Excavation contractor alleges Equinox founder cheated his business out of $4.5 million: Court filings

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39 Washington Ave.
The 39 Washington Avenue site in Plessantville (Google Street View)

A construction company and its owner asserts that a sibling co-founder of Equinox cheated it out of nearly $4.5 million in two Westchester development projects, The New York Post reports, citing court filings.

Documents filed in a lawsuit assert that Vito Errico hired DiPietro Construction Corp. owned by Gioncondo “Jack” DiPietro, to excavate the sites on two Pleasantville projects in 2017 and 2018. Errico had founded the Equinox gym chain with siblings Lavinia and Danny in the early 1990s.

“Errico convinced DiPietro to forgo regular pay — and instead accept equity in both of the new buildings — after he was paid the bare cost of labor and provided his own equipment for free, the papers said,” the Post reported.

In contrast, the filings assert that on PiPietro’s first subcontractor job for Errico in 2016 — at his 12,000 sq ft. Armonk home —  “he charged $1,500 for an eight-hour day for the cost of using one of his excavators and the cost of hiring an operator for the machine,” the Post reports, citing court filings.

The special reduced prices started in 2017 on a site at 39 Washington Ave. in Pleasantville, intended to be a mixed residential and retail building. A year later, DiPietro worked under the same structure for a residential project at 70 Memorial Pl., according to the court filings.

Errico “knew he would never honor his end of the deal and instead planned on taking advantage of DiPietro by getting the value of the labor at less than true cost and the machinery for free and similarly not paying or transferring the equity,” the court papers allege.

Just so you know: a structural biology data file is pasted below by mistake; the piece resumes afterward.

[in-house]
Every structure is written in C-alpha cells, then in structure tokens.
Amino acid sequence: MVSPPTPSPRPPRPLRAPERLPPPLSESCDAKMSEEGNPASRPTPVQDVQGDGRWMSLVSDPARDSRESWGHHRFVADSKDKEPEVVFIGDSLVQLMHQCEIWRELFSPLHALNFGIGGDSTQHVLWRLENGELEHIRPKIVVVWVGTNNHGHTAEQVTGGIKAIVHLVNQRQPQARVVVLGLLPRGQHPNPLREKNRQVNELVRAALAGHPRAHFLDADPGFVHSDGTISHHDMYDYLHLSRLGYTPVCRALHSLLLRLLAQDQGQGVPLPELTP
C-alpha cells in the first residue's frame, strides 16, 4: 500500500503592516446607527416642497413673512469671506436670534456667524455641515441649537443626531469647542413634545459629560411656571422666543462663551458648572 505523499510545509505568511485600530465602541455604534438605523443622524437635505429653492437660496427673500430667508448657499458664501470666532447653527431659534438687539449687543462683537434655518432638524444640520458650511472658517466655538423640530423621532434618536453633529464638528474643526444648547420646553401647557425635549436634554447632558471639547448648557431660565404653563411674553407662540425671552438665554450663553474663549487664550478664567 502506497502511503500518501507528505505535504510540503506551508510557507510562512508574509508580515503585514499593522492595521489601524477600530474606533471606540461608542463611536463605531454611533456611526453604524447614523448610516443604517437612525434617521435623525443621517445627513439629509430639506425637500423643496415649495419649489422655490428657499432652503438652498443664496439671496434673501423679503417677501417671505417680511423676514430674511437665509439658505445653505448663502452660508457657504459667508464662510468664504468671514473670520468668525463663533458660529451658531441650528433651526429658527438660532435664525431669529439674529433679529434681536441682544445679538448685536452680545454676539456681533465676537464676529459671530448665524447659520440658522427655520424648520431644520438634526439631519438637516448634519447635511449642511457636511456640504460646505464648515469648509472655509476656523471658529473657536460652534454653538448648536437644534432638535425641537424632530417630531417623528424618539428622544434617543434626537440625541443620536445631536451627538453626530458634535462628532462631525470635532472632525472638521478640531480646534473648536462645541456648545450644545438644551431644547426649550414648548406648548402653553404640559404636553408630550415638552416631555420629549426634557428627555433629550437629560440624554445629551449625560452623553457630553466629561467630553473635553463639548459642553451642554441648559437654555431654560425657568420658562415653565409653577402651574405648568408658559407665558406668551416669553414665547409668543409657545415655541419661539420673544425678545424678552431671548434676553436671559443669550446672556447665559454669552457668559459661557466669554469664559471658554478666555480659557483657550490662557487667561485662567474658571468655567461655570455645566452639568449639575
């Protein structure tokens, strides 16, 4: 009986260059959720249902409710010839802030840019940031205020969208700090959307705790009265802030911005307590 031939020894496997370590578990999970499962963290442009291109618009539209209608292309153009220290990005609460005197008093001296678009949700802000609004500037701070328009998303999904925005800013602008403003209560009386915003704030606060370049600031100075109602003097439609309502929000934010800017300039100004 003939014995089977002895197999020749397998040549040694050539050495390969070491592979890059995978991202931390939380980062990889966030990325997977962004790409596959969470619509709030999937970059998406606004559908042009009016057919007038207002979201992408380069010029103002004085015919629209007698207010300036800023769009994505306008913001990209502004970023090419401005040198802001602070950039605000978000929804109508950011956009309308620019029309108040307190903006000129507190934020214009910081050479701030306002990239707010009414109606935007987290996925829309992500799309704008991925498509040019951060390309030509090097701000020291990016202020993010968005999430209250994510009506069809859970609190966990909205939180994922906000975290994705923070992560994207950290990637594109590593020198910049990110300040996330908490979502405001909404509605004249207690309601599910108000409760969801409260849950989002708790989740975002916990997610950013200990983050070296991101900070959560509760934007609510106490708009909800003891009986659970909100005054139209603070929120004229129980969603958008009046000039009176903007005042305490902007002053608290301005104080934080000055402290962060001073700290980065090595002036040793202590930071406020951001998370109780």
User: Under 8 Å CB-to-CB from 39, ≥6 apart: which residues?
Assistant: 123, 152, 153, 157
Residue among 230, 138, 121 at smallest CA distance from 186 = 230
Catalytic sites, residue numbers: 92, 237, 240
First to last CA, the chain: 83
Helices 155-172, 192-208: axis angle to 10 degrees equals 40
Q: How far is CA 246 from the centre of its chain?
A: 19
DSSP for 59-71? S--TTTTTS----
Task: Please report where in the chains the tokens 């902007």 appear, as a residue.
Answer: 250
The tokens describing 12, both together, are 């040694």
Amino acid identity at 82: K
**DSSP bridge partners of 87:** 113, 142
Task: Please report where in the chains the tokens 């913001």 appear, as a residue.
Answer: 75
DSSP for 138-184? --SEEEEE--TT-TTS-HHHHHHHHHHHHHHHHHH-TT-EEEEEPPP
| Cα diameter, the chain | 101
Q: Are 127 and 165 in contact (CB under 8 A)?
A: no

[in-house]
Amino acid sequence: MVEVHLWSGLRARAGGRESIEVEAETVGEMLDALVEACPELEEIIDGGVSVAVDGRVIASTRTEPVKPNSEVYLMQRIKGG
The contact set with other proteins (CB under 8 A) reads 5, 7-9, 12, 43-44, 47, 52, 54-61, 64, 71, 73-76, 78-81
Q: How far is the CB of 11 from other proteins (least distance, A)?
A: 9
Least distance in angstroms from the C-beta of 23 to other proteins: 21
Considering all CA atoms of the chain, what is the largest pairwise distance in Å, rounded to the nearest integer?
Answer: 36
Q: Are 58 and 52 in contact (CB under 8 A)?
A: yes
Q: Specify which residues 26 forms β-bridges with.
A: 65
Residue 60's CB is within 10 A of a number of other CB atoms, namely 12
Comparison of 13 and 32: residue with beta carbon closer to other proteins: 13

“Errico took a page out of the unscrupulous developer’s playbook, which essentially states ‘I am so big, go ahead and sue me and I will drown you in legal costs.’ That is exactly what Errico is doing in this case,” the suit charges, the Post reports.

Errico “uses his success to overwhelm, impress, take advantage of and really push around regular people who would like to believe that Errico is an honest businessman with good intentions, which as this case shows, is not true,” the suit alleges.

There are two separate lawsuits. DiPietro asserts he is owed more than $1 million for the Washington Avenue project, and $3.5 million for the work at Memorial Plaza.

“The complaints detail a pattern of deceit and broken promises made to my client,” DiPietro’s lawyer Eric Grayson told The Post. “I believe the jury will see right through the defendant and hold for my client.”

However, Errico’s lawyer Stephen Meister told The Post: “Mr. DiPietro was forced to amend his complaint by the court.

“He still has it wrong. We expect the court to find that Mr. DiPietro’s claims are meritless.”

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